The next day we uploaded the proof read (with a few minor typos corrected) newsletter to the Apple Books Store and they celebrated it’s official release a couple of days later.
As I have shown the newsletter to other teachers I have been asked what my input was, what template did they use, how much of it did I do and I can proudly say that it is a 100% student created publication.
Over the next couple of months more issues will be released and I am sure their creativity and confidence will grow.
While Peek has proven a valuable experience for my students it has also taught me that work experience doesn’t just have to be one of those ‘tick the box’ modules and can be creative.
You can find Issue 1 of Peek to download for free here
In the past I would have always carried along my DSLR and taken motion blur shots on it but when I recently upgraded to an iPhone XR I was inspired by all the #shotoniphonexr shots and decided that I would focus on using my iPhone more than my DSLR because after all it is a whole lot easier to just use the device that’s on you all the time.
So then came the motion blur challenge. I use the Slow Shutter Cam app that I had previously only ever used to create light paintings in swift. The first trip out captured a mini waterfall with the motion blur setting activated. I played around with the shutter speed and blur strength.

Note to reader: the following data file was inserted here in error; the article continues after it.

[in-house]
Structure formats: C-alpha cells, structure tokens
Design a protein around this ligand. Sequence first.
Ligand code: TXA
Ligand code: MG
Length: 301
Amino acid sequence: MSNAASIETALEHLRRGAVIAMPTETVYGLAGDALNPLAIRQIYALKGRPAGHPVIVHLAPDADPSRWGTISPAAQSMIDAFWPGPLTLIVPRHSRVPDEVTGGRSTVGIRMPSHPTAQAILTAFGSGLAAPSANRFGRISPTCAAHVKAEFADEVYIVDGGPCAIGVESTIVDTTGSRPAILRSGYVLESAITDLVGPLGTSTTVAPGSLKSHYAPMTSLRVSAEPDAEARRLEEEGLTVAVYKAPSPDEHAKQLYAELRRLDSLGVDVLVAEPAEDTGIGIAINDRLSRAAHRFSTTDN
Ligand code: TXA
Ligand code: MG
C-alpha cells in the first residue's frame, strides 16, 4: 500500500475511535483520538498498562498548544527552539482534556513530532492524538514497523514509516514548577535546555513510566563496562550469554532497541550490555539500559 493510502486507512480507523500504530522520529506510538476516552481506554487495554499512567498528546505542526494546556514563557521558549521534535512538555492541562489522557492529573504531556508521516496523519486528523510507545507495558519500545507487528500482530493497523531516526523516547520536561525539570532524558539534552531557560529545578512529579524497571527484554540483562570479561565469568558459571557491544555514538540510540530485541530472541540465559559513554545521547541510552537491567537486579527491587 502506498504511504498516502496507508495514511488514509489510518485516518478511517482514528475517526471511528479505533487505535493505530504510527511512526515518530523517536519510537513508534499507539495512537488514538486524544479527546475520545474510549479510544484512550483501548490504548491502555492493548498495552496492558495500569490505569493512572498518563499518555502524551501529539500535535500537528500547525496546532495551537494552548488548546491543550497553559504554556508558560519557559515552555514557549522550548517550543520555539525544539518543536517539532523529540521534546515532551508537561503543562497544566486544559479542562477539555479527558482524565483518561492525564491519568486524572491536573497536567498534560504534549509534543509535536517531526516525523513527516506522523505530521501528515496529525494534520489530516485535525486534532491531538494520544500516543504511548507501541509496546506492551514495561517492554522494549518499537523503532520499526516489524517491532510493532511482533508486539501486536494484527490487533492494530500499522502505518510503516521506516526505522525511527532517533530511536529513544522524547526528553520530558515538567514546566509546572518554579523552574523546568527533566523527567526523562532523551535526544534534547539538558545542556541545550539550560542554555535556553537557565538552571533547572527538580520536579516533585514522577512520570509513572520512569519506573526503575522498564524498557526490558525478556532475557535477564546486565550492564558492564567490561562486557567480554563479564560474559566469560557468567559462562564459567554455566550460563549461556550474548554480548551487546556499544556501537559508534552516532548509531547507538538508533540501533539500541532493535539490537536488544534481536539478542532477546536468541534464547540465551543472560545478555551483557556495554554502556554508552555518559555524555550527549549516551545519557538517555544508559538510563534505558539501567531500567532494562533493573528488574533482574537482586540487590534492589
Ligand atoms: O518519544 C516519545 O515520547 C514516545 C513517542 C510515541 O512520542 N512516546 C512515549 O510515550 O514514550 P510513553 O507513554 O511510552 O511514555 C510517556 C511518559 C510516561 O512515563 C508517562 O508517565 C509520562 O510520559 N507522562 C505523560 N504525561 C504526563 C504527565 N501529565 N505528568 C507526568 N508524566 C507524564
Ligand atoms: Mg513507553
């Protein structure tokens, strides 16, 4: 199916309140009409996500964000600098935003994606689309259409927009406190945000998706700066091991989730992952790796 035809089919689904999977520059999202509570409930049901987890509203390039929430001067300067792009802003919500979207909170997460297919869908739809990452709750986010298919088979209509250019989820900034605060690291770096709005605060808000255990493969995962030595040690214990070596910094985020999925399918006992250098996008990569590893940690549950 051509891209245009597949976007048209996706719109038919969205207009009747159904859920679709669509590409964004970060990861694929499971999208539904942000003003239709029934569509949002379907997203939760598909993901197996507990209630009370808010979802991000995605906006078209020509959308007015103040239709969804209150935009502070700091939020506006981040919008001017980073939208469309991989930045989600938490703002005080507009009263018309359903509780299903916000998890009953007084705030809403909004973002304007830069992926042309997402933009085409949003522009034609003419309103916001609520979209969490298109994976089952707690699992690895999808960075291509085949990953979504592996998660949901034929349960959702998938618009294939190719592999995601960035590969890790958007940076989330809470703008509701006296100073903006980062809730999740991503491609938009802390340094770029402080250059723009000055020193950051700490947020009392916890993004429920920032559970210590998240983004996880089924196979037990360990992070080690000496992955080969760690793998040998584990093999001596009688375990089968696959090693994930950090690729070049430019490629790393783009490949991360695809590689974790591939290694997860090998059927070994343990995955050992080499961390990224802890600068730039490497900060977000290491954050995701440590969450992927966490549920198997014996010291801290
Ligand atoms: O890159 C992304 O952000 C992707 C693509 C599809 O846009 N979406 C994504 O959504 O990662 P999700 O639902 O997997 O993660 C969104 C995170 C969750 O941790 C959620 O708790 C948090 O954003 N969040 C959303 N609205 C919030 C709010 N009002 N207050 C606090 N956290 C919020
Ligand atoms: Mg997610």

Below were a couple of the results.
A few months ago I saw ads pop up on social media for Lensball. At the time I didn’t know how good they would be and my summer adventures had just ended so I didn’t order but was later gifted a ball (unbranded) the ball I got was 30mm so one of the smaller sizes. I got to use it a bit over the last couple of weeks and have already put in an order for one of the larger 70mm balls.
While the clarity isn’t quite there with the smaller ball size I think there would be some great results with the larger photo balls. I have also ordered a selection of sizes for students to use as part of their Everyone Can Create Photography assignments.
During code week students coded light shows using a mix of Sphero EDU, SPRK+ and Swift Playgrounds. Over the past couple of years I had students create individual light shows but this year students did them in groups of 2 or 3. This actually worked a lot better although the discussions over which song to choose often took a little longer.
The main benefit of this is if a group felt challenged I did have spare SPRK+ to give them so they could use more than one for their videos.
Below are a couple of the results of using multiple SPRK+
— DigitalMedia (@BTEIDIGITAL) December 10, 2018
— DigitalMedia (@BTEIDIGITAL) December 10, 2018